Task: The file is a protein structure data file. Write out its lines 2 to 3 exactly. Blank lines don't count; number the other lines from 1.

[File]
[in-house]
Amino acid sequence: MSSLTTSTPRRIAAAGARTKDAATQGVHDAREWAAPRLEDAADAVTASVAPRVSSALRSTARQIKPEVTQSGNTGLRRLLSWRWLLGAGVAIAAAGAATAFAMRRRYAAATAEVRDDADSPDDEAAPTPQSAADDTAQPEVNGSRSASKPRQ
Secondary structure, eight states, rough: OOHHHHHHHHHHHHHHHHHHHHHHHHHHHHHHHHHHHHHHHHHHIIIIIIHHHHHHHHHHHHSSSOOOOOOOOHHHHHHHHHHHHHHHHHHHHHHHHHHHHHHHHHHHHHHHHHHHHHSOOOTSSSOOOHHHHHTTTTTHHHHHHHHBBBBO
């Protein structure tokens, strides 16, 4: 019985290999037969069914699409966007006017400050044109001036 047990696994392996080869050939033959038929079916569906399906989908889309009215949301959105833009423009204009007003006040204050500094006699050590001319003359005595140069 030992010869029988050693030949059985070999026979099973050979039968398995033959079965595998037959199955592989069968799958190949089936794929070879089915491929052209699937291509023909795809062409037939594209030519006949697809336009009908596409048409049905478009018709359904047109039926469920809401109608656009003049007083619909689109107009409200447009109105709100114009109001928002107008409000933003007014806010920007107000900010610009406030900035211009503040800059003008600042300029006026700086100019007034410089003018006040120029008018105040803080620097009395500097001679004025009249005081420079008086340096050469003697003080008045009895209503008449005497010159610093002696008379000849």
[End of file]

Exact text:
Amino acid sequence: MSSLTTSTPRRIAAAGARTKDAATQGVHDAREWAAPRLEDAADAVTASVAPRVSSALRSTARQIKPEVTQSGNTGLRRLLSWRWLLGAGVAIAAAGAATAFAMRRRYAAATAEVRDDADSPDDEAAPTPQSAADDTAQPEVNGSRSASKPRQ
Secondary structure, eight states, rough: OOHHHHHHHHHHHHHHHHHHHHHHHHHHHHHHHHHHHHHHHHHHIIIIIIHHHHHHHHHHHHSSSOOOOOOOOHHHHHHHHHHHHHHHHHHHHHHHHHHHHHHHHHHHHHHHHHHHHHSOOOTSSSOOOHHHHHTTTTTHHHHHHHHBBBBO